Effects of renal failure on ADME (continued) Elimination – most important factor in dose decisions Non-renal and renal clearance should be considered Fall in renal drug clearance = fall in functioning nephrons(50% reduction ion GFR suggests a 50% decline in renal clearance) Need to reduce doses in renal impairment depends on renal clearance, clearance of metabolites and potential toxic side effects, or narrow therapeutic index General considerations – uraemic patients are often more susceptible to adverse drug effects (GI bleeding on anticoagulants or NSAIDs or increase Blood Brain Barrier permeability to hypnotics
The Nephron The major organ for the excretion of drugs is the KIDNEY. The functional unit of the kidney is the nephron in which there are three major processes to consider:-
Glomerular filtration molecules of low molecular weight are filtered out of the blood, unless they are tightly bound to large molecules such as plasma protein or have been incorporated into red blood cells. Clearance by filtration f u x GFR The glomerular filtration rate normal range is 110 to 130 ml/min. About 10% of the blood which enters the glomerular is filtered. Inulin is readily filtered in the glomerular, and is not subject to tubular secretion or re-absorption. Thus inulin clearance is equal to the glomerular filtration rate. Although most drugs are filtered from blood in the glomerular the overall renal excretion is controlled by what happens in the tubules. More than 90% of the filtrate is reabsorbed. 120 ml/min is 173 L/day. Normal urine output is about 1 to 2 liter per day.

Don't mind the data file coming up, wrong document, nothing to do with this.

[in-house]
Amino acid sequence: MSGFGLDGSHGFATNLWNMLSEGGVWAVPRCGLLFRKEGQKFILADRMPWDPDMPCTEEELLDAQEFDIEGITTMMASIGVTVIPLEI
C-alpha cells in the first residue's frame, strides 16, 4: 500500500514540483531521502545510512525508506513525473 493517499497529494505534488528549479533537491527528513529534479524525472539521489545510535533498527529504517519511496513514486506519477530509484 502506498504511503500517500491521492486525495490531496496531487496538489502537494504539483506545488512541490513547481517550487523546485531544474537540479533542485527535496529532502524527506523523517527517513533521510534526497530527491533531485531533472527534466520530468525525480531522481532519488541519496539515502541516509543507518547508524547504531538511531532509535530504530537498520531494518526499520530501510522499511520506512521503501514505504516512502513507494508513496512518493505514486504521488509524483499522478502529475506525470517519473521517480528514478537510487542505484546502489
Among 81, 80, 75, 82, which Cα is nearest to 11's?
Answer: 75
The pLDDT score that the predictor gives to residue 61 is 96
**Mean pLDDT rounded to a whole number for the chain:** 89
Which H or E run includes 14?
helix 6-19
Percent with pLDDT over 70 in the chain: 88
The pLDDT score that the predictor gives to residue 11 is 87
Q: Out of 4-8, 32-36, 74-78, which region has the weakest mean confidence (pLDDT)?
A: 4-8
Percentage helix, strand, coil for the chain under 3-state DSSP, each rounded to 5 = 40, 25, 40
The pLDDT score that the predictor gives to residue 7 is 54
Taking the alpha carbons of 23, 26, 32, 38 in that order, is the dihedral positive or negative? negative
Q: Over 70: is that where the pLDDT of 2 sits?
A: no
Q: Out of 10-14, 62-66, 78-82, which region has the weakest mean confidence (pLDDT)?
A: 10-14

Tubular secretion In the proximal tubule there is re-absorption of water and active secretion of some weak electrolytes but especially weak acids such as penicillins. There may be competitive inhibition of the secretion of one compound by another. (e.g. inhibition of penicillin excretion by competition with probenecid) Drugs or compounds which are extensively secreted, such as p-aminohippuric acid (PAH), may have clearance values approaching the renal plasma flow rate of 425 to 650 ml/min, and are used clinically to measure this physiological parameter